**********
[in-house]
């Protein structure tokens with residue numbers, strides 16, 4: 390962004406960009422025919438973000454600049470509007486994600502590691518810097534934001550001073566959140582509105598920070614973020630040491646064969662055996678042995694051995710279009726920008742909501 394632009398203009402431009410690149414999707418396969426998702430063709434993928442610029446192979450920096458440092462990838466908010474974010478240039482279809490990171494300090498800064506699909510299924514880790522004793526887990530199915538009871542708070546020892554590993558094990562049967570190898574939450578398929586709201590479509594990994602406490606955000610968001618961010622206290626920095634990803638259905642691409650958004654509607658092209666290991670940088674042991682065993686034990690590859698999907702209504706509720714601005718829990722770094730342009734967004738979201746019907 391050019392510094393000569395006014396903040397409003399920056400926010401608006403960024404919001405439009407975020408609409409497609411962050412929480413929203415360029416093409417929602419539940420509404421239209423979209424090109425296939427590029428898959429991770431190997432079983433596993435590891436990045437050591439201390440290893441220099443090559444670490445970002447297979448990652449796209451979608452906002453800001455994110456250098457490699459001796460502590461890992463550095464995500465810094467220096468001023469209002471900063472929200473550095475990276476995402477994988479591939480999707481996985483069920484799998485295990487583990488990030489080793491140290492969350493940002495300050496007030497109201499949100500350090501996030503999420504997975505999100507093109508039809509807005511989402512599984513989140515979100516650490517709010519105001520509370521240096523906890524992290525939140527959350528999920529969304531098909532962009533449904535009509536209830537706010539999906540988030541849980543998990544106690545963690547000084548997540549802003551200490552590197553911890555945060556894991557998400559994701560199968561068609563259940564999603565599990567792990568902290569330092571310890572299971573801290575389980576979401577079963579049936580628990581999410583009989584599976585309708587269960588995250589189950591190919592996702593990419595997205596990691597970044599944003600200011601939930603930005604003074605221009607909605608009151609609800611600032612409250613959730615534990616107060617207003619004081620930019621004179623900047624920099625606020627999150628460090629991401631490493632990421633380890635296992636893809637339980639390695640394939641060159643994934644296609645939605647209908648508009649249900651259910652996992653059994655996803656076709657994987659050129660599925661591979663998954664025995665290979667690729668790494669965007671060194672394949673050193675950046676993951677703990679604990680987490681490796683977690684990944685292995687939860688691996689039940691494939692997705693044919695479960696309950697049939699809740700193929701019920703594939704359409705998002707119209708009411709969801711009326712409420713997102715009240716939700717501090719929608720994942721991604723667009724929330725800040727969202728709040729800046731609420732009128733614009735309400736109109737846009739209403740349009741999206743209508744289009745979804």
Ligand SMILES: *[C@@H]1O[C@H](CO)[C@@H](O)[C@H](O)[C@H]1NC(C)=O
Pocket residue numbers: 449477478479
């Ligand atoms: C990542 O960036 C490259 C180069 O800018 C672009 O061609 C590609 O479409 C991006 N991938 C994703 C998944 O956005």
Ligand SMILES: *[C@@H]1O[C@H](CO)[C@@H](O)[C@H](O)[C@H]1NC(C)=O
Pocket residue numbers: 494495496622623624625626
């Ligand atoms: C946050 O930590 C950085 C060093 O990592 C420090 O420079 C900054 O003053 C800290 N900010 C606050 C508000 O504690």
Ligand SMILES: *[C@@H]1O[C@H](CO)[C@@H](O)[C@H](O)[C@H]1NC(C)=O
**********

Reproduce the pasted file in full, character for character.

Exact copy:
[in-house]
């Protein structure tokens with residue numbers, strides 16, 4: 390962004406960009422025919438973000454600049470509007486994600502590691518810097534934001550001073566959140582509105598920070614973020630040491646064969662055996678042995694051995710279009726920008742909501 394632009398203009402431009410690149414999707418396969426998702430063709434993928442610029446192979450920096458440092462990838466908010474974010478240039482279809490990171494300090498800064506699909510299924514880790522004793526887990530199915538009871542708070546020892554590993558094990562049967570190898574939450578398929586709201590479509594990994602406490606955000610968001618961010622206290626920095634990803638259905642691409650958004654509607658092209666290991670940088674042991682065993686034990690590859698999907702209504706509720714601005718829990722770094730342009734967004738979201746019907 391050019392510094393000569395006014396903040397409003399920056400926010401608006403960024404919001405439009407975020408609409409497609411962050412929480413929203415360029416093409417929602419539940420509404421239209423979209424090109425296939427590029428898959429991770431190997432079983433596993435590891436990045437050591439201390440290893441220099443090559444670490445970002447297979448990652449796209451979608452906002453800001455994110456250098457490699459001796460502590461890992463550095464995500465810094467220096468001023469209002471900063472929200473550095475990276476995402477994988479591939480999707481996985483069920484799998485295990487583990488990030489080793491140290492969350493940002495300050496007030497109201499949100500350090501996030503999420504997975505999100507093109508039809509807005511989402512599984513989140515979100516650490517709010519105001520509370521240096523906890524992290525939140527959350528999920529969304531098909532962009533449904535009509536209830537706010539999906540988030541849980543998990544106690545963690547000084548997540549802003551200490552590197553911890555945060556894991557998400559994701560199968561068609563259940564999603565599990567792990568902290569330092571310890572299971573801290575389980576979401577079963579049936580628990581999410583009989584599976585309708587269960588995250589189950591190919592996702593990419595997205596990691597970044599944003600200011601939930603930005604003074605221009607909605608009151609609800611600032612409250613959730615534990616107060617207003619004081620930019621004179623900047624920099625606020627999150628460090629991401631490493632990421633380890635296992636893809637339980639390695640394939641060159643994934644296609645939605647209908648508009649249900651259910652996992653059994655996803656076709657994987659050129660599925661591979663998954664025995665290979667690729668790494669965007671060194672394949673050193675950046676993951677703990679604990680987490681490796683977690684990944685292995687939860688691996689039940691494939692997705693044919695479960696309950697049939699809740700193929701019920703594939704359409705998002707119209708009411709969801711009326712409420713997102715009240716939700717501090719929608720994942721991604723667009724929330725800040727969202728709040729800046731609420732009128733614009735309400736109109737846009739209403740349009741999206743209508744289009745979804």
Ligand SMILES: *[C@@H]1O[C@H](CO)[C@@H](O)[C@H](O)[C@H]1NC(C)=O
Pocket residue numbers: 449477478479
């Ligand atoms: C990542 O960036 C490259 C180069 O800018 C672009 O061609 C590609 O479409 C991006 N991938 C994703 C998944 O956005």
Ligand SMILES: *[C@@H]1O[C@H](CO)[C@@H](O)[C@H](O)[C@H]1NC(C)=O
Pocket residue numbers: 494495496622623624625626
């Ligand atoms: C946050 O930590 C950085 C060093 O990592 C420090 O420079 C900054 O003053 C800290 N900010 C606050 C508000 O504690």
Ligand SMILES: *[C@@H]1O[C@H](CO)[C@@H](O)[C@H](O)[C@H]1NC(C)=O